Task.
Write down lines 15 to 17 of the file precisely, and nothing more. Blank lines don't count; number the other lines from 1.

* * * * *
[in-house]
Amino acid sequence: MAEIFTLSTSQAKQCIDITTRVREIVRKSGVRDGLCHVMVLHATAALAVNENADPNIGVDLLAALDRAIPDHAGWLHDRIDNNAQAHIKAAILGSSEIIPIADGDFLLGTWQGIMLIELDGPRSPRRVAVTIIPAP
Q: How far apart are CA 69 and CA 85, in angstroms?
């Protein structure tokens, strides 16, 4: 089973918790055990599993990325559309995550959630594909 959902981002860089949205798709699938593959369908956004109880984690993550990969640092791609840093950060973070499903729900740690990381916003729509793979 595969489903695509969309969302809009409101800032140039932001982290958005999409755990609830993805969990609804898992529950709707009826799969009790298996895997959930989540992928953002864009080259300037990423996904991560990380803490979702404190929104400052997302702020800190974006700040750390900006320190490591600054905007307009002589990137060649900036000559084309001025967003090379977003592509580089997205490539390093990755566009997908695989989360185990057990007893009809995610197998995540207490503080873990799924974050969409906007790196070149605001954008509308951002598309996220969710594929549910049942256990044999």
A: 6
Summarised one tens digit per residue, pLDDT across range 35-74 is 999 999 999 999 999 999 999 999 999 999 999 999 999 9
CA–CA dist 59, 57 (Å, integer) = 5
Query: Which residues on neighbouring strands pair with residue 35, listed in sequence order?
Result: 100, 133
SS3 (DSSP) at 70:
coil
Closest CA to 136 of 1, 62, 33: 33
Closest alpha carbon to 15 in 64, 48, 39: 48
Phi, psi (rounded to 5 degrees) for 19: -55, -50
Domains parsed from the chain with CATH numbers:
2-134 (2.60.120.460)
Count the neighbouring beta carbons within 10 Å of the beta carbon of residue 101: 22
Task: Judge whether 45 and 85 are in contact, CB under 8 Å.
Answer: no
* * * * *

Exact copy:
Domains parsed from the chain with CATH numbers:
2-134 (2.60.120.460)
Count the neighbouring beta carbons within 10 Å of the beta carbon of residue 101: 22